Calvi used his complex network of overseas banks and companies to move money out of Italy, to inflate share prices, and to secure massive unsecured loans. In 1978, the Bank of Italy produced a report on Ambrosiano that predicted future disaster and led to criminal investigations. However, soon afterward the investigating Milanese magistrate, Alessandrini, was killed by a left-wing terrorist group, while the Bank of Italy official who superintended the inspection, Mario Sarcinelli, found himself imprisoned on charges that were later dismissed.
In 1981, police raided the office of Propaganda Due Masonic lodge to apprehend the Worshipful Master Licio Gelli and uncover further evidence against Roberto Calvi. Calvi was arrested, put on trial, and sentenced to four years in prison. However, he was released pending an appeal and retained his position at the bank. Other alarming developments followed: Carlo de Benedetti of Olivetti bought into the bank and became deputy chairman, only to leave two months later after receiving Mafia threats and lack of co-operation from Calvi. His replacement, a longtime employee named Roberto Rosone, was wounded in a Mafia shooting incident. The criminal organization responsible for this shooting was the Banda della Magliana (Magliana Gang) which had taken over Rome's underworld in the late 1970s, and has been related to various political events of the anni di piombo (years of lead).
In 1982, it was discovered that the bank was unable to account for $1.287 billion (equivalent to $3.19 billion in present-day terms). Calvi fled the country on a false passport, and Rosone arranged for the Bank of Italy to take over. Calvi's personal secretary, Graziella Corrocher, left a note denouncing Calvi before leaping to her death from her office window. Calvi's body was found hanging from Blackfriars Bridge in London on June 18 (see death of Roberto Calvi).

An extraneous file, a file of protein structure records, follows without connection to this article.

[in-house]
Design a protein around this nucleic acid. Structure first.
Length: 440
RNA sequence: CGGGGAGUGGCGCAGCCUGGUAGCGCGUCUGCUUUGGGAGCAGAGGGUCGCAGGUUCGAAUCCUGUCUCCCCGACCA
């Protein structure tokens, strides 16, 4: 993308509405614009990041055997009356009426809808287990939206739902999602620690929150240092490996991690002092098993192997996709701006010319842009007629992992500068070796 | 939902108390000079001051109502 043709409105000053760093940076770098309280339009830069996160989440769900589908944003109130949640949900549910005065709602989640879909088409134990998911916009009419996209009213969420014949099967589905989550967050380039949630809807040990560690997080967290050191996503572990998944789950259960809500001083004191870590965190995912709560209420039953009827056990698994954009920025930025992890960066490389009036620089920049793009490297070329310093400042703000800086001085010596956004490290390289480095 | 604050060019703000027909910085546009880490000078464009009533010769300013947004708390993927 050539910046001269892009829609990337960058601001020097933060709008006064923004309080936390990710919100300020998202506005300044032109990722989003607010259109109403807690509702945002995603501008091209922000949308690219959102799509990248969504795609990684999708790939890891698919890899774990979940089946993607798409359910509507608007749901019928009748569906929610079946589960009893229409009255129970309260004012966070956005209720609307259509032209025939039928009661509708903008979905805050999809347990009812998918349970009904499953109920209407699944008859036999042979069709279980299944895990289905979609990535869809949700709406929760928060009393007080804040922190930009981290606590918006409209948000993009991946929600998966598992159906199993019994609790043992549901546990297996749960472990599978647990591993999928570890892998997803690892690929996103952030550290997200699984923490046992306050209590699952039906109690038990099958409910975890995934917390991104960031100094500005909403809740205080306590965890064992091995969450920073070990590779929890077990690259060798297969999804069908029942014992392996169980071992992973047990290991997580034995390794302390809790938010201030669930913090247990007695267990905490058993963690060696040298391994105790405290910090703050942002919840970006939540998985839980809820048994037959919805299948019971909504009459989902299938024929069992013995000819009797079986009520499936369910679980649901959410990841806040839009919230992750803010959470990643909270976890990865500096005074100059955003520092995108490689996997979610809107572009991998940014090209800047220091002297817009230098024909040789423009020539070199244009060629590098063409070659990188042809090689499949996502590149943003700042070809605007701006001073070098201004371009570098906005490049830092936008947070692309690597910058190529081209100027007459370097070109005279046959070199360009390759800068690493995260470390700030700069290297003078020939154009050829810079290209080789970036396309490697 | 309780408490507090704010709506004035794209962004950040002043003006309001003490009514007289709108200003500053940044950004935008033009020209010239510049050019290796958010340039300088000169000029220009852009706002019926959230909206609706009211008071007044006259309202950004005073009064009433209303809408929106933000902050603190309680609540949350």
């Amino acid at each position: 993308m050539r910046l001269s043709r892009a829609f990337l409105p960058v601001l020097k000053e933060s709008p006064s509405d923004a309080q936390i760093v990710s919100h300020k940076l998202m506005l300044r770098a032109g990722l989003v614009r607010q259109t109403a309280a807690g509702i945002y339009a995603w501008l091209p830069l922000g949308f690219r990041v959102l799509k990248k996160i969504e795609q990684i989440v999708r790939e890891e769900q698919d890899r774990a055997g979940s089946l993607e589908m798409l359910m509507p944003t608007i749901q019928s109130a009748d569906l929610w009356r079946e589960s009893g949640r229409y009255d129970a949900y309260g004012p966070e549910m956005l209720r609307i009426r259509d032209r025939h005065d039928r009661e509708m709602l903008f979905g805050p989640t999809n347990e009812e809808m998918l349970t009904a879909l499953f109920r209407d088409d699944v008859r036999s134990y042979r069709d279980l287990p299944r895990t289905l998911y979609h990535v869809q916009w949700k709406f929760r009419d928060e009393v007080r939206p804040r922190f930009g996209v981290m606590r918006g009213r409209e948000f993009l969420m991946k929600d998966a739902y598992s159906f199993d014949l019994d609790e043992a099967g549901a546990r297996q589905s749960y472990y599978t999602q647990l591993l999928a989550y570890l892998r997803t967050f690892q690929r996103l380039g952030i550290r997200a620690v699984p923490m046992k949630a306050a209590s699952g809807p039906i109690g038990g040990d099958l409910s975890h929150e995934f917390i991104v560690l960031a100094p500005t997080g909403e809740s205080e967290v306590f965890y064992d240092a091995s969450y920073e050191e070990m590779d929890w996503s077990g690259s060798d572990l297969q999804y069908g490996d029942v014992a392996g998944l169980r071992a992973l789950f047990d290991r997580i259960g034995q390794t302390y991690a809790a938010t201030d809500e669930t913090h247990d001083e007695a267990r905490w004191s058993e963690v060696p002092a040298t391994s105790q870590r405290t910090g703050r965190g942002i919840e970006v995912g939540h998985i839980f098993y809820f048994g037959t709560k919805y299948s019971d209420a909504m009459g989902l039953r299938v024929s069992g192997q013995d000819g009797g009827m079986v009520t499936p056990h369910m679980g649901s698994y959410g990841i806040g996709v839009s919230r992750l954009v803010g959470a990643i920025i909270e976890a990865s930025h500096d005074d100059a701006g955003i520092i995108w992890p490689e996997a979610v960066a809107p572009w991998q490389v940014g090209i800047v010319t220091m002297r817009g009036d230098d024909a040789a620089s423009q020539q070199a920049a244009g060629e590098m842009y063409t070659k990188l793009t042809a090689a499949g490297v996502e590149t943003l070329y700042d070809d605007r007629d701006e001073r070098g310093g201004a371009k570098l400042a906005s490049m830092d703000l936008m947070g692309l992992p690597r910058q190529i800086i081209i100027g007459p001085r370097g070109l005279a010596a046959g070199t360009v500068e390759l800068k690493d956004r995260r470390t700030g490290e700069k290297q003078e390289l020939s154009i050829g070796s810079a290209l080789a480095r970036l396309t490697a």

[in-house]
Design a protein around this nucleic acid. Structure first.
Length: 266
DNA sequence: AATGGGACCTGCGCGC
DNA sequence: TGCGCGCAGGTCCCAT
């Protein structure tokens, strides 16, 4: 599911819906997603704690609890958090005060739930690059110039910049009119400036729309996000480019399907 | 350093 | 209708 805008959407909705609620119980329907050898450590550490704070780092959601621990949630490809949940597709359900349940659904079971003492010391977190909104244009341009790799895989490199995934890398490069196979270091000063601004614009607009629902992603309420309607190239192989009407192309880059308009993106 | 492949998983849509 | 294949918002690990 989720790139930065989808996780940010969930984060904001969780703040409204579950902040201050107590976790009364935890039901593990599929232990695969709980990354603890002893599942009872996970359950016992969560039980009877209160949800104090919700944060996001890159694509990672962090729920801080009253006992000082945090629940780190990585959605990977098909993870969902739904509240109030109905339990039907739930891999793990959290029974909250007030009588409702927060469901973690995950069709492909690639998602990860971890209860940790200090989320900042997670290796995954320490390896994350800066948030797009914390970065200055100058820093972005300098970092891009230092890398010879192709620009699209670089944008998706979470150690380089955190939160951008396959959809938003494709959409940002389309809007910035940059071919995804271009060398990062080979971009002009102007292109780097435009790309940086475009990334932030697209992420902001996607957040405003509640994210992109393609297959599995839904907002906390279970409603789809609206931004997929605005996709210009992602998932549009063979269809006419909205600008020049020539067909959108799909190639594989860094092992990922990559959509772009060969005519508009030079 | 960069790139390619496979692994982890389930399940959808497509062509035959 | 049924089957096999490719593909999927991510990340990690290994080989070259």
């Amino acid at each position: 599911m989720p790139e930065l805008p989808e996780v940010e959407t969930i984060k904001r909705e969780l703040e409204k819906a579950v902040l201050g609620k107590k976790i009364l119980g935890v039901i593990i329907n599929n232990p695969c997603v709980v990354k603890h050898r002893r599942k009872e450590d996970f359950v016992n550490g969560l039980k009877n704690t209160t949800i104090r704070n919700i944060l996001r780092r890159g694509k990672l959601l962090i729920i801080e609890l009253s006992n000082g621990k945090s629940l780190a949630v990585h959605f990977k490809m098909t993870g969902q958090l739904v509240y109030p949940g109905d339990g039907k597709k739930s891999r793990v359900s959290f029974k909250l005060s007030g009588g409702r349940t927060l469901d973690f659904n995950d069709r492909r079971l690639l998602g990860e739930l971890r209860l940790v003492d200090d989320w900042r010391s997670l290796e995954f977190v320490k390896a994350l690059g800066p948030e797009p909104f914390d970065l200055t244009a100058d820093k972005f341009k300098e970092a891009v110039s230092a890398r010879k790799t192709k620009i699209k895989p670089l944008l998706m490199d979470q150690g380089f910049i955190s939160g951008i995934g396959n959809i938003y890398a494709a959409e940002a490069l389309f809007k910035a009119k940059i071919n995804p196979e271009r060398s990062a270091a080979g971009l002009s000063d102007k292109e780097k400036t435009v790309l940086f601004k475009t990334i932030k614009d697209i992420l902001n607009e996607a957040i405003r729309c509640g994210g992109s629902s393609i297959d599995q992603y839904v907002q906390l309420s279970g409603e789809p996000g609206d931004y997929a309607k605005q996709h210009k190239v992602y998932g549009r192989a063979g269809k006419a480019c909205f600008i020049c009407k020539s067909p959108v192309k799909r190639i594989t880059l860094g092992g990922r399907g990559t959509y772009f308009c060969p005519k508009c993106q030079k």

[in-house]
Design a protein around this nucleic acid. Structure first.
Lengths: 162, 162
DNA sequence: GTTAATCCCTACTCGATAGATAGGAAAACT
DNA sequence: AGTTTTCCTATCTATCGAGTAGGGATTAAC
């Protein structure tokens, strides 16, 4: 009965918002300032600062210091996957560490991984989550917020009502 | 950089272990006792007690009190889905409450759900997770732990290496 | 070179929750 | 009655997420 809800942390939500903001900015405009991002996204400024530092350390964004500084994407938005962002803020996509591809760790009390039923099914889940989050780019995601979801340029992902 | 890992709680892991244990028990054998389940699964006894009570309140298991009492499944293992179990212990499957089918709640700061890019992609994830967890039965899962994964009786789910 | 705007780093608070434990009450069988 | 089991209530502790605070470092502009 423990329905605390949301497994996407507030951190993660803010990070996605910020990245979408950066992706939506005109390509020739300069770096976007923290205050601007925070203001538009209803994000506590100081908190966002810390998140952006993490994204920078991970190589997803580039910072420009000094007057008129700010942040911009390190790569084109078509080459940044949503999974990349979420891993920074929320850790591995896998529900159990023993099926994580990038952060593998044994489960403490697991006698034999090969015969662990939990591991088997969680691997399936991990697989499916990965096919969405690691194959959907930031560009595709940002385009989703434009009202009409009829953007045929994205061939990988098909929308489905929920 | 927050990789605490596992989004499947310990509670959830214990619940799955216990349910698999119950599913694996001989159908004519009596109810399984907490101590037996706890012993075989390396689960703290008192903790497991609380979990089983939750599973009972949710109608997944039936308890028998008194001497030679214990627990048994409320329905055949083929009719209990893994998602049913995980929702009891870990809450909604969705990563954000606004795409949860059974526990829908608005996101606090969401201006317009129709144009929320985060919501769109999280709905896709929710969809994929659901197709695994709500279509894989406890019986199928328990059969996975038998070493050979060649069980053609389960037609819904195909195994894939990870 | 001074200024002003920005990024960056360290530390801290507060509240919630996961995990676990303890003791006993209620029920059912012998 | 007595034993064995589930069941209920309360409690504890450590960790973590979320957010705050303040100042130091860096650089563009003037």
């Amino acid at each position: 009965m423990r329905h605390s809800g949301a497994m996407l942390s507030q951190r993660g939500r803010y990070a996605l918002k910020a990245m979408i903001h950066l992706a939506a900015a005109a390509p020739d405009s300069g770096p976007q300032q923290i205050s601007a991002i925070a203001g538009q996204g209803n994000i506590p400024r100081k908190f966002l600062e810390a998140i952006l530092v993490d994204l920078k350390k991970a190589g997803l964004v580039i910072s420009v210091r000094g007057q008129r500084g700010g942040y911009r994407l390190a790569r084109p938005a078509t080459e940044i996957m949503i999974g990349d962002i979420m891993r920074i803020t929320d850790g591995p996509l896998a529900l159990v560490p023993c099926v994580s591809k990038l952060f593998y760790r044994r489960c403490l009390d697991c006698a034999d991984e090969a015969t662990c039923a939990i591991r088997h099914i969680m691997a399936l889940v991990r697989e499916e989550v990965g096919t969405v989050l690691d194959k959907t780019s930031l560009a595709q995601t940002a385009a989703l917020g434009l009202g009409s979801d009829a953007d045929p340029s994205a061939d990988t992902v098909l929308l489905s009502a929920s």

During July 1982, funds to the off-shore interests were cut off, leading to their collapse, and in August the bank was replaced by the Nuovo Banco Ambrosiano under Giovanni Bazoli. Pope John Paul II pledged full transparency regarding the bank's links to the Vatican and brought in lay bankers including German financial expert Hermann Abs, a move that was publicly criticized by Simon Wiesenthal, due to Abs' role as top banker to the Third Reich from 1938 to 1945.  There was much argument over who should take responsibility for losses incurred by the Old Ambrosiano's off-shore companies, and the Vatican eventually agreed to pay out a substantial sum without accepting liability.